In the previous article, we dived into
ActiveSupport::StringInquirer class and superpowers it gives to
String objects. After I had published that article I decided to take another look at the
ActiveSupport module and to my surprise, I found something even more interesting,
If you read the previous article you might have already guessed what
ArrayInquirer does. Directly speaking, it gives superpowers to
To understand it better, let’s start with a simple array of names:
names = ['Tom', 'Adam', 'Igor']
If I wanted to check if the array contains my name I would use one of the handy methods from
Enumerable Ruby module2:
names.include?("Igor") => true
According to a comment3 placed directly inside
Wrapping an array in an
ArrayInquirergives a friendlier way to check its string-like contents.
Let’s check if using the class would make finding my name easier:
names_with_superpowers = ActiveSupport::ArrayInquirer.new(names) => NameError: uninitialized constant ActiveSupport::ArrayInquirer from (pry):2:in `<main>'
The class has been officially present in Ruby on Rails source code since version 5.0.0, so to make the above code working I had to switch to an up-to-date version of Rails first:
names = ['Tom', 'Adam', 'Igor'] => ['Tom', 'Adam', 'Igor'] names_with_superpowers = ActiveSupport::ArrayInquirer.new(names) => ['Tom', 'Adam', 'Igor'] names_with_superpowers.class => ActiveSupport::ArrayInquirer names_with_superpowers.Igor? => true names_with_superpowers.Rob? => false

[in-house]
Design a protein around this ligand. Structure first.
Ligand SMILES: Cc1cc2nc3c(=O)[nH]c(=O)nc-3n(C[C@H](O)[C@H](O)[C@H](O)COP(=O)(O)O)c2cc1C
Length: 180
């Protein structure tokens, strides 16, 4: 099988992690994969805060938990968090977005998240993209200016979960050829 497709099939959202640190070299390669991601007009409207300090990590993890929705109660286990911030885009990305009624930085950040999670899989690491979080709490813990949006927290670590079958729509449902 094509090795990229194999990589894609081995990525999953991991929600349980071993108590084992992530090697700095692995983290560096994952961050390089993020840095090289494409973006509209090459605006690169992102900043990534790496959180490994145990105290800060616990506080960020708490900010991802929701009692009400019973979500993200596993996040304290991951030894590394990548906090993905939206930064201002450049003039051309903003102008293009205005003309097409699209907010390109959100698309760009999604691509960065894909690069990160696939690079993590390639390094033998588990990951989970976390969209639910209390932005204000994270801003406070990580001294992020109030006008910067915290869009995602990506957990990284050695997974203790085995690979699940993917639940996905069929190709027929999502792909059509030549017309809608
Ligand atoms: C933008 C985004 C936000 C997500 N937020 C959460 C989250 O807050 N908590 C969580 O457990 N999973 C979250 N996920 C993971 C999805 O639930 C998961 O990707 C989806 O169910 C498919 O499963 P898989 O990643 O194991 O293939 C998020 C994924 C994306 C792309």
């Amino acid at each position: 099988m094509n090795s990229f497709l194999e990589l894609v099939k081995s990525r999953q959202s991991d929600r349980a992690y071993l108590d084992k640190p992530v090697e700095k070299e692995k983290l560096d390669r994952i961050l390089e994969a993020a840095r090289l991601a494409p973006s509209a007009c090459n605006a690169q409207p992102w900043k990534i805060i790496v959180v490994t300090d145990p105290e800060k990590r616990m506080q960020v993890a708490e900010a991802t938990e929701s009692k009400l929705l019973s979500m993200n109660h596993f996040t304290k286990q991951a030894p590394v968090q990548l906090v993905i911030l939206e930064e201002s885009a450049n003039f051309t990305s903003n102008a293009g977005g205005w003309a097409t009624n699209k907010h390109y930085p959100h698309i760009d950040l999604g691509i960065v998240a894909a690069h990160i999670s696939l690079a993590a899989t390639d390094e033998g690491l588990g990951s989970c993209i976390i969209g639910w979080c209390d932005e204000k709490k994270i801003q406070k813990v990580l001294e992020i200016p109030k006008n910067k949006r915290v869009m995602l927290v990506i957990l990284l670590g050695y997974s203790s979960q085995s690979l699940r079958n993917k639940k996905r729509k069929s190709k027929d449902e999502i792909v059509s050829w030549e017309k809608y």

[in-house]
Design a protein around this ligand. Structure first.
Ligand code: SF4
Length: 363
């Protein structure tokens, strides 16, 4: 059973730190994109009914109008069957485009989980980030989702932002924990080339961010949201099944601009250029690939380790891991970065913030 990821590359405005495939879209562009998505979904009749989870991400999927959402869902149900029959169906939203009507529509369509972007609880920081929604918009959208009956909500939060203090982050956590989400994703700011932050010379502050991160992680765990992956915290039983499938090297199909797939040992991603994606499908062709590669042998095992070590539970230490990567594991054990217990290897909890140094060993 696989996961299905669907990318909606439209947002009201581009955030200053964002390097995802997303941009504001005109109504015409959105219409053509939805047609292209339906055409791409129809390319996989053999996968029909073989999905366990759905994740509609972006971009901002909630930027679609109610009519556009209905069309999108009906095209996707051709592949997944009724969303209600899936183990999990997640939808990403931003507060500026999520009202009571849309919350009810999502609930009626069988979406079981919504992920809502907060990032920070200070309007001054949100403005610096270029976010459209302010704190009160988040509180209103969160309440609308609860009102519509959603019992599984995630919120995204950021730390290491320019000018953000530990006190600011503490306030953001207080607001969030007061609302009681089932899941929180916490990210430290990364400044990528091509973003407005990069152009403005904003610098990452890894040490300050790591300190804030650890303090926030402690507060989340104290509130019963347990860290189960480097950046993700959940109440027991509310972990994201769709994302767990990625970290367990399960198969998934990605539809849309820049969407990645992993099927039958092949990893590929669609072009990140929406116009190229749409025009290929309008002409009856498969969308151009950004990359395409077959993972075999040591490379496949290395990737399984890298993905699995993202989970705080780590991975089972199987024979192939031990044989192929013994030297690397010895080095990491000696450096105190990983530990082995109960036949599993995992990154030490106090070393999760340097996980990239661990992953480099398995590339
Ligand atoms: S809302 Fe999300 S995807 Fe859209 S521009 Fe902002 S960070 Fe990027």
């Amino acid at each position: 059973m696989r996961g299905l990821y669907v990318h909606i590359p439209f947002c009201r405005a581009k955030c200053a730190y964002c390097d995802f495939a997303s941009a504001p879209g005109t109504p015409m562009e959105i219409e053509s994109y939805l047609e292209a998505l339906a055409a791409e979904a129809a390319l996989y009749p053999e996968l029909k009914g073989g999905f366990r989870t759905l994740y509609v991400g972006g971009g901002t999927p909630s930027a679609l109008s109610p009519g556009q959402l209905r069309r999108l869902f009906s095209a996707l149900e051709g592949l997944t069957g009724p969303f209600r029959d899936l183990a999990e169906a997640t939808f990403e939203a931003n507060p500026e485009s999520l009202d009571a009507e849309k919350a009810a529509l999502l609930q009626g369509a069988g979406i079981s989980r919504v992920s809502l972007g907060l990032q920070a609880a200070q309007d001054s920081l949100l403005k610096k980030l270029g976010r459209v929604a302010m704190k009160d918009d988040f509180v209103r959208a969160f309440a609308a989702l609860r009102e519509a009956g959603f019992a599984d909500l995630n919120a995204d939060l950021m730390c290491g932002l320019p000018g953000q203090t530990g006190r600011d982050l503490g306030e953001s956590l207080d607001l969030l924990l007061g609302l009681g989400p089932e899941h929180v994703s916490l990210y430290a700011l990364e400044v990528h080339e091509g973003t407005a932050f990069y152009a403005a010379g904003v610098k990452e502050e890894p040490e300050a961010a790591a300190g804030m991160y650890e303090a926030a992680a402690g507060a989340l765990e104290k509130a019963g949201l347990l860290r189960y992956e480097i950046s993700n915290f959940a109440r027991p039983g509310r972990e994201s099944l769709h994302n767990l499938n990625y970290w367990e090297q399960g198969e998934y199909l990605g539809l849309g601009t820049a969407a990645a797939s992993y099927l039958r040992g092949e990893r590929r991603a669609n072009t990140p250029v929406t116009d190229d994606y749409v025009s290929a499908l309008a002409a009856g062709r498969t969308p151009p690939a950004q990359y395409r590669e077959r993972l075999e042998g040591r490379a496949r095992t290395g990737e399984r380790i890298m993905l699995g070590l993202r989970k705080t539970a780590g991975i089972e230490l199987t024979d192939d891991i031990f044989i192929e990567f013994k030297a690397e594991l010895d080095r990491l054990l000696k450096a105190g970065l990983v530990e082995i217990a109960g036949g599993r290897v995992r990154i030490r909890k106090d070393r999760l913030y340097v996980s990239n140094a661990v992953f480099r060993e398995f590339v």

And Voila! Similarly to
ActiveSupport::StringInquirer the class adds some useful methods to
Array objects using metaprogramming.
To understand it fully let’s analyse its body step-by-step:
module ActiveSupport class ArrayInquirer < Array def any?(*candidates) if candidates.none? super else candidates.any? do |candidate| include?(candidate.to_sym) || include?(candidate.to_s) end end end private def respond_to_missing?(name, include_private = false) (name[-1] == "?") || super end def method_missing(name, *args) if name[-1] == "?" any?(name[0..-2]) else super end end end end
Arrayso all its methods are available to
Igor?method is not defined in
Arrayclass nor in
method_missingis executed as a fallback.
method_missingchecks if a method name ends with
- In our case, it ends with
any?public method is called with
Igoras an argument (
any?method received an argument
ifblock is executed.
elseblock checks if the array includes the passed argument(s) either as a string or as a symbol.
['Tom', 'Adam', 'Igor']array includes
names_with_superpowers.Igor?returns true finally.
Behind the scenes, the class uses the same
include? method I used initially 🙂
In addition to magic methods like
Igor? you can also use the public
any? method on
ArrayInquirer object to check if at least one of passed arguments is present in an array:
names_with_superpowers.any?("Igor") => true names_with_superpowers.any?("Rob", "Igor") => true names_with_superpowers.any?("Rob", "Bob") => false # Neither "Rob", nor "Bob" is present in the array
Thanks to spending some time on analysing Ruby on Rails source code I found two new classes that I potentially can use.
At the same time, I would like to give you the very same advice I gave in the previous article. Please always do some benchmarking before you decide to use either
ArrayInquirer. They may be slow.
Interestingly enough, Rails uses the
ArrayInquirer class only in one place5 so far.
ArrayInquirier object, so instead of writing:
You can write:
I do not recommend using
any? in this very case, though 🙂